P.S. In my house, my mother had 6 (SIX) Christmas trees, each with color coordinated ornaments, (each tree had it’s own color theme) and no room for any margarine tub lid felt with glitter hole punched ornaments that we made in school. As you can see, I’ve been “scarred for life.” To this day, I’m not much of a Christmas decorator, but I still hang every hand made ornament my kids made in grade school on our tree =)

    • movita beaucoup February 3, 2018 at 8:43 am #

      My sister-in-law has 3-4 trees every year. Each is perfectly decorated and usually has a theme. She makes our house look like a Christmas prison in comparison.

  5. Eggton February 2, 2018 at 11:44 pm #

    First of all, not to sound like your mom but you like like a brunette Ginger Rogers in this photo.

    Second, let’s please hear more about the set-up on school picture day. Because it looks like they took you one by one into the forest which in this day and age honestly rings a little creepy. You can tell they were legit school photographers, though, because that blur job on the tree stump could only have been done by a goddamn professional.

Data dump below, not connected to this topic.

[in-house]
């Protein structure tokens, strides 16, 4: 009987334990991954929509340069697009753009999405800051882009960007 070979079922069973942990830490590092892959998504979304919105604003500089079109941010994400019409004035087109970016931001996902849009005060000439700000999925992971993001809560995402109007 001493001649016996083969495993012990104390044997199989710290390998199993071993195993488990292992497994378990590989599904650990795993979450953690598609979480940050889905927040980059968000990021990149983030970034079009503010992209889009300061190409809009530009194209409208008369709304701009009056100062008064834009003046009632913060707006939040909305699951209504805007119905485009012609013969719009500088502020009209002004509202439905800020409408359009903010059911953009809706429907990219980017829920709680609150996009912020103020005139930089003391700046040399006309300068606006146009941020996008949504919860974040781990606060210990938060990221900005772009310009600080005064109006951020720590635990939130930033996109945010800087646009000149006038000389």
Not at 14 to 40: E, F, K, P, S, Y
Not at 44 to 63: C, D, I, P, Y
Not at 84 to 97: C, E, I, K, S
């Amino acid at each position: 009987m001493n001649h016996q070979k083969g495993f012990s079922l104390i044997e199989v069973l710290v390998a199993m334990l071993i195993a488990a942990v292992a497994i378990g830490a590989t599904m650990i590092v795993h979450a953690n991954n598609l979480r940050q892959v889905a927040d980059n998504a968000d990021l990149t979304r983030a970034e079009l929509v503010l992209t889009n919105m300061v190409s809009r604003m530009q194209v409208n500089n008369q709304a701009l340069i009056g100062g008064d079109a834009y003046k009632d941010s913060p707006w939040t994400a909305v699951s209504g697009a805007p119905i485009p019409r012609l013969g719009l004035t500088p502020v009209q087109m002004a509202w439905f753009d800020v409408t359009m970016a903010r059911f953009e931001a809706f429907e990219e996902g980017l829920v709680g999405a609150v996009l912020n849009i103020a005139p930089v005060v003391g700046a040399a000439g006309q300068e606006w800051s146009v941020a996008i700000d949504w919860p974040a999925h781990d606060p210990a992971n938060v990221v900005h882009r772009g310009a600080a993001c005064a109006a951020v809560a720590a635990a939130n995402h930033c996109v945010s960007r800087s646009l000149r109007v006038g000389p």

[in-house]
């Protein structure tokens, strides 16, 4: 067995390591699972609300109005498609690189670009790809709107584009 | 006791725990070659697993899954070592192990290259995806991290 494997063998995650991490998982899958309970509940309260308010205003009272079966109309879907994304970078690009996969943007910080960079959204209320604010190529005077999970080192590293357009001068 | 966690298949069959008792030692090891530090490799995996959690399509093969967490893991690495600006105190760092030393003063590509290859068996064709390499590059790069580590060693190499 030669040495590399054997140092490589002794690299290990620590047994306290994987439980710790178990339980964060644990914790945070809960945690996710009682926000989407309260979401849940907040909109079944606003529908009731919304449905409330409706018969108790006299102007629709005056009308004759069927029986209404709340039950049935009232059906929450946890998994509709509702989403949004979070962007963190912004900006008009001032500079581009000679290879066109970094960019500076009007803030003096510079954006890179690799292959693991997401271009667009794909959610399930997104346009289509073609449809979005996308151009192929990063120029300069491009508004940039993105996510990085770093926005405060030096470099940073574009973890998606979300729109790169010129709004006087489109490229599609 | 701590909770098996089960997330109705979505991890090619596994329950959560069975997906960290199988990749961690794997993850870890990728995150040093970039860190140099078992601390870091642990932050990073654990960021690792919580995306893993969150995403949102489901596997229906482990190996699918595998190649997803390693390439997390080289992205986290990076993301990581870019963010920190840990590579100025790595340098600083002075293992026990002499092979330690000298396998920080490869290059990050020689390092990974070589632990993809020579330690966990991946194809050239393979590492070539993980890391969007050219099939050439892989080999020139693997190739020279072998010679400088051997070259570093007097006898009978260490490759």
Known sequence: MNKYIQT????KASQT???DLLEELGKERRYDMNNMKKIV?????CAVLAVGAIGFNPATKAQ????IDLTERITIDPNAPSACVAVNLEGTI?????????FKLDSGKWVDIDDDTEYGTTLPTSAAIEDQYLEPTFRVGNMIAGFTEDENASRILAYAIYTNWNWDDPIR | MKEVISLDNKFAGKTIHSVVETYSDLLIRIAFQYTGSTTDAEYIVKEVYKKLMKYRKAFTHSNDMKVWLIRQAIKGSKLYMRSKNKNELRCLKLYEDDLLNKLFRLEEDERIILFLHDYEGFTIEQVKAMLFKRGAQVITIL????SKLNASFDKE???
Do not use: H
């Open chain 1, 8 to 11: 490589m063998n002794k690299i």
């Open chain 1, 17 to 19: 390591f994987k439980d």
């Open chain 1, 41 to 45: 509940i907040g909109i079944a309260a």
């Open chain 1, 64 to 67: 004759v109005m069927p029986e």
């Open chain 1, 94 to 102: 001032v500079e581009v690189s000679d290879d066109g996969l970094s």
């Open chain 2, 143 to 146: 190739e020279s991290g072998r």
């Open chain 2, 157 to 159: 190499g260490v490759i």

Xo miss you!

    • movita beaucoup February 3, 2018 at 8:41 am #

      This may explain my tenuous relationship with nature.

      And yes, photographers in those days were legit. LEGIT.

  6. thatskinnychickcanbake February 4, 2018 at 6:32 am #

    Oh, my gosh. I would have died a thousand deaths. But it does make a hilarious story years later.

    • movita beaucoup February 4, 2018 at 1:32 pm #

      My family is nothing if not entertaining!

  7. Lynne February 7, 2018 at 2:41 pm #

    Ha! Reminds me of the time I forgot my brown bag lunch when I boarded the bus to my high school. No worries! My mother met the bus at a further stop – just to HAND ME MY LUNCH BAG!!!! With a bus full of teens to witness this.

    I just died of embarrassment.

    Btw, I think you look terrific in that (very professional) photo. I think Rosie Beaucoup owes a copy to 2.0!

Leave a Comment